A Cloud Account allows you to store credentials for cloud infrastructure which the Platform Orchestrator needs to connect to at a central place in your Humanitec Organization.

Configured Cloud Accounts can then be referenced in Resource Definitions to connect to cloud resources, removing the need to maintain those credentials for every single Resource Definition. Use the driver_account element to reference a Cloud Account:

apiVersion: entity.humanitec.io/v1b1
kind: Definition
  id: my-resource-definition
  # The driver_account references a Cloud Account configured in the Platform Orchestrator.
  driver_account: my-cloud-account

See the Account References section below for a flexible way to share Cloud Account references across Resource Definitions.

In order to use a Cloud Account, the Driver being used in the Resource Definition needs to support the respective account type. For example, a “Google Cloud” (GCP) Account can be used by the MariaDB Cloud SQL Driver because that Driver supports gcp in its account types. Likewise, an “Amazon Web Services” (AWS) Account can be used by the AWS Route53 Driver which supports aws in its account types.

You need the Administrator role in the Organization to manage Cloud Accounts.

Dynamic vs static credentials

Each Cloud Account type supports either dynamic or static credentials.

Dynamic credentials are relatively short-lived credentials often created on-the-fly and based on a previously established trust relationship between the involved parties. Because they expire quickly, they pose much less of a risk when breached, and therefore provide superior security when compared to static credentials. They also reduce maintenance effort because they don’t need to be renewed.

Static credentials are relatively long-lived credentials created by some administrative entity and then distributed to its users. Because they can be exploited extensively when breached, they pose a much higher risk than dynamic credentials. Unless valid indefinitely, which is not recommended, they also require maintenance effort for renewing (rotating) them.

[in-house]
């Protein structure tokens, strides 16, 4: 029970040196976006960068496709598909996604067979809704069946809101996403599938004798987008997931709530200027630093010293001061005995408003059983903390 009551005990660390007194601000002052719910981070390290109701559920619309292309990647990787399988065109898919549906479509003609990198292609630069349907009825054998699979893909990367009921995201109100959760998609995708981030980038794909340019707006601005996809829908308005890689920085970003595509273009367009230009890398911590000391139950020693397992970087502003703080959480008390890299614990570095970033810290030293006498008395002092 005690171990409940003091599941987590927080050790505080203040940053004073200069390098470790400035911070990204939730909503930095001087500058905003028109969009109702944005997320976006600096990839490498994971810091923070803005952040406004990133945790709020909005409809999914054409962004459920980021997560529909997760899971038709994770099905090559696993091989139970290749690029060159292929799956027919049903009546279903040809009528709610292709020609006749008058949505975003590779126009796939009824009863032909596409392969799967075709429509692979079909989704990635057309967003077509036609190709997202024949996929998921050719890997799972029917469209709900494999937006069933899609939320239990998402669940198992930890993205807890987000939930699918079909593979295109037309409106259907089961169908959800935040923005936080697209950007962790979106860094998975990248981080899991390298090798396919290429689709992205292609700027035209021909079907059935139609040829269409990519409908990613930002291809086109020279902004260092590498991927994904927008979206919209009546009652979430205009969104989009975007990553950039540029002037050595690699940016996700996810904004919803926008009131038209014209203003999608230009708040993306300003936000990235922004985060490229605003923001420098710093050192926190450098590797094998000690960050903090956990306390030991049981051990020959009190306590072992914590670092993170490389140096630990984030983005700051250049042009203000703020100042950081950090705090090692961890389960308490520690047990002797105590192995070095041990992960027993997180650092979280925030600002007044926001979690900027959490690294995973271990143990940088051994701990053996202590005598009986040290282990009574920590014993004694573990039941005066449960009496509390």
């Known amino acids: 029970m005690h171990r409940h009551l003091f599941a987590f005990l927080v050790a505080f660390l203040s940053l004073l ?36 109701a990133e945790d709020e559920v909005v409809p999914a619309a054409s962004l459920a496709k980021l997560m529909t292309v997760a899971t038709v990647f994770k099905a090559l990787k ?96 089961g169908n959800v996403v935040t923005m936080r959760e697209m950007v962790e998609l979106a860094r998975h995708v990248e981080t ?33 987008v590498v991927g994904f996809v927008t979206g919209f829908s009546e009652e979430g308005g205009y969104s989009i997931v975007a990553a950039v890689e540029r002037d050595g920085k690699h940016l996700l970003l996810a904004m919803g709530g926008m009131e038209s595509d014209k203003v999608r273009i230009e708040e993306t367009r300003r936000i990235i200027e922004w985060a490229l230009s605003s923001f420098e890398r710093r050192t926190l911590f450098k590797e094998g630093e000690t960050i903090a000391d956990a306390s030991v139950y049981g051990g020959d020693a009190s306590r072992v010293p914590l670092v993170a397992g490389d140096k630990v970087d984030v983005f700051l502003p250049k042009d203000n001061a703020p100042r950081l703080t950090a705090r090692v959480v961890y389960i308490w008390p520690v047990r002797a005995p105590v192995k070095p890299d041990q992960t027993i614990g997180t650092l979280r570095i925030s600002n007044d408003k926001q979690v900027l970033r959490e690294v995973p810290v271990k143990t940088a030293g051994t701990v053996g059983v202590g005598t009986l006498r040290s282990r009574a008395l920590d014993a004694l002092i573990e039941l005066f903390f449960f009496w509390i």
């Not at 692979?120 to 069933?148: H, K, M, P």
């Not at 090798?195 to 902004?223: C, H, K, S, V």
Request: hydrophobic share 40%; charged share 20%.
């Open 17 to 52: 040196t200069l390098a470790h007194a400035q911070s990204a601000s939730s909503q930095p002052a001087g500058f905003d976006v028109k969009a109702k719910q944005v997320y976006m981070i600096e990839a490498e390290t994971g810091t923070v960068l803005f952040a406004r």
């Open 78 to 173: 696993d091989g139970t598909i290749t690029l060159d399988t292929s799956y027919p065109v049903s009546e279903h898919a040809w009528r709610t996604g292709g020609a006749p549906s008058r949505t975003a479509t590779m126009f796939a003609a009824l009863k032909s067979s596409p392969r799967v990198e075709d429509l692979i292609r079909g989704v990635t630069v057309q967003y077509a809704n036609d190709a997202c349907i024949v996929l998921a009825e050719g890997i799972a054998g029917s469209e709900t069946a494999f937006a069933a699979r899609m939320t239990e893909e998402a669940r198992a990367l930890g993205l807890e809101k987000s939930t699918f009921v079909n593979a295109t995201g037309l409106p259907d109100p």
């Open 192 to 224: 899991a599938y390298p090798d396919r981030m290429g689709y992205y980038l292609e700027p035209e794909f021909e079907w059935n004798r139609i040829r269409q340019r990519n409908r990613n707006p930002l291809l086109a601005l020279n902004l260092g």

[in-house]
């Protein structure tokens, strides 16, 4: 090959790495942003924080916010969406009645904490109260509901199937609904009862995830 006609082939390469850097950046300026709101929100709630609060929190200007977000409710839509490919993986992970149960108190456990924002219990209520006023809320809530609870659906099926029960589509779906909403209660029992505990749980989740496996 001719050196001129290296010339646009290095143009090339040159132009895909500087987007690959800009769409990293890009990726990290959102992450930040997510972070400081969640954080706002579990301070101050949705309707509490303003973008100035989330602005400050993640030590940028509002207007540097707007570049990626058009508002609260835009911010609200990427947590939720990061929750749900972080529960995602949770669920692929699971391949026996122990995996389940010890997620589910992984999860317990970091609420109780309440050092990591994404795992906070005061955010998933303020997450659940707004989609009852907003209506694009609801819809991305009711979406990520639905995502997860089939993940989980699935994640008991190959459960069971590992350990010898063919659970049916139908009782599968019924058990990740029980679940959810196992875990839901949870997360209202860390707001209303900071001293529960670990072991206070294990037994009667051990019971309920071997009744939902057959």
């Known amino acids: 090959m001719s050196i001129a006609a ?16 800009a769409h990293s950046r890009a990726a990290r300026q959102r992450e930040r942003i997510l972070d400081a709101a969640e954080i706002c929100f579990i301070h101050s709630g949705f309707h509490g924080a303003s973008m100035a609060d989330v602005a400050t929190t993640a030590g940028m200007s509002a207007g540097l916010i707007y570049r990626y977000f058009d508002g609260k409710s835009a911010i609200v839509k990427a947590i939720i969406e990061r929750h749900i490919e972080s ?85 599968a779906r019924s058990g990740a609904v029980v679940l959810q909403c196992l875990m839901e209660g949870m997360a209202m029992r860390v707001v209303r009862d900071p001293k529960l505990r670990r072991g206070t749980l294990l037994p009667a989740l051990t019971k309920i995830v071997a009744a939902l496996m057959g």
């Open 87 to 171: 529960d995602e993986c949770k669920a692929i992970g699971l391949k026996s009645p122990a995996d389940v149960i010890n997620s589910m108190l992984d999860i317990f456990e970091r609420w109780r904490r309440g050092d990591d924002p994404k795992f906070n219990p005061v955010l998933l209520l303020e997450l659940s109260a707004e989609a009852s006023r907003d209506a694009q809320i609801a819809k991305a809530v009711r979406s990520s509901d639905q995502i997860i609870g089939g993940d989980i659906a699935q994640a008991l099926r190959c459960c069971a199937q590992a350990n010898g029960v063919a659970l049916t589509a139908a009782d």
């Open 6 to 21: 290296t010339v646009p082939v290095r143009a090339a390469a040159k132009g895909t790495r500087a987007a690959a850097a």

Account References

You may use a reference to another Resource Definition in the driver_account instead of a Cloud Account name. Your Resource Definition will then use the Cloud Account of the referenced Resource. Use the .account Placeholder to specify an Account Reference. It is available in the driver_account item only.

  driver_account: ${resources['type.class#id'].account}

This Account Reference will match a config type Resource of class default with the id aws-account:

  driver_account: ${resources['config.default#aws-account'].account}

A common use case is to use different Cloud Accounts for different Environments. To use different accounts, you would normally need to create a separate Resource Definition for each of them, even if the Resource Definition parameters (except the driver_account) are identical. Account referencing lets you use the same Resource Definition for all Environments by referencing an account from another Resource Definition, commonly of type config as shown above, which is Environment specific per its matching criteria.

Go to this extended example to see Account References applied in practice.